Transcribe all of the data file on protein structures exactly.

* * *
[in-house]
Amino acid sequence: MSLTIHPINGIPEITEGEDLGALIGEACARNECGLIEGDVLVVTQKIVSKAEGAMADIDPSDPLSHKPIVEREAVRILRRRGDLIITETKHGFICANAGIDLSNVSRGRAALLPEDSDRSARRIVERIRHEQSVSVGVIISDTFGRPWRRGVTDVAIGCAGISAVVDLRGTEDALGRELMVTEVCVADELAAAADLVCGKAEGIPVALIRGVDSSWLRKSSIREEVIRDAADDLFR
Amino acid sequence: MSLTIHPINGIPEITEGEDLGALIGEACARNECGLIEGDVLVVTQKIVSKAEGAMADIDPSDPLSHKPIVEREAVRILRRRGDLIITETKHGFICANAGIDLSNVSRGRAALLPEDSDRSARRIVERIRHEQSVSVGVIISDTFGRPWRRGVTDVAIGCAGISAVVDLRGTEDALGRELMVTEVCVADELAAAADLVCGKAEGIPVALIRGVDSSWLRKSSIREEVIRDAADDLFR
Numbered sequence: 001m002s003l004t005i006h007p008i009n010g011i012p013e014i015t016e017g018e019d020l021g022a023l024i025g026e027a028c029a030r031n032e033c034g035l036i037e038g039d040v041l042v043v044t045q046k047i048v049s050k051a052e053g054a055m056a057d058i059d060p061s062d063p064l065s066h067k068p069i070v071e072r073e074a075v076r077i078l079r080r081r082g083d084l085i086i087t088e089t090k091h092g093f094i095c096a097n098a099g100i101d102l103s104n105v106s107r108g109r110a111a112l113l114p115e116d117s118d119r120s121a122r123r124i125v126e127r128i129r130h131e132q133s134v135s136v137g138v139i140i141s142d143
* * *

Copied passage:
[in-house]
Amino acid sequence: MSLTIHPINGIPEITEGEDLGALIGEACARNECGLIEGDVLVVTQKIVSKAEGAMADIDPSDPLSHKPIVEREAVRILRRRGDLIITETKHGFICANAGIDLSNVSRGRAALLPEDSDRSARRIVERIRHEQSVSVGVIISDTFGRPWRRGVTDVAIGCAGISAVVDLRGTEDALGRELMVTEVCVADELAAAADLVCGKAEGIPVALIRGVDSSWLRKSSIREEVIRDAADDLFR
Amino acid sequence: MSLTIHPINGIPEITEGEDLGALIGEACARNECGLIEGDVLVVTQKIVSKAEGAMADIDPSDPLSHKPIVEREAVRILRRRGDLIITETKHGFICANAGIDLSNVSRGRAALLPEDSDRSARRIVERIRHEQSVSVGVIISDTFGRPWRRGVTDVAIGCAGISAVVDLRGTEDALGRELMVTEVCVADELAAAADLVCGKAEGIPVALIRGVDSSWLRKSSIREEVIRDAADDLFR
Numbered sequence: 001m002s003l004t005i006h007p008i009n010g011i012p013e014i015t016e017g018e019d020l021g022a023l024i025g026e027a028c029a030r031n032e033c034g035l036i037e038g039d040v041l042v043v044t045q046k047i048v049s050k051a052e053g054a055m056a057d058i059d060p061s062d063p064l065s066h067k068p069i070v071e072r073e074a075v076r077i078l079r080r081r082g083d084l085i086i087t088e089t090k091h092g093f094i095c096a097n098a099g100i101d102l103s104n105v106s107r108g109r110a111a112l113l114p115e116d117s118d119r120s121a122r123r124i125v126e127r128i129r130h131e132q133s134v135s136v137g138v139i140i141s142d143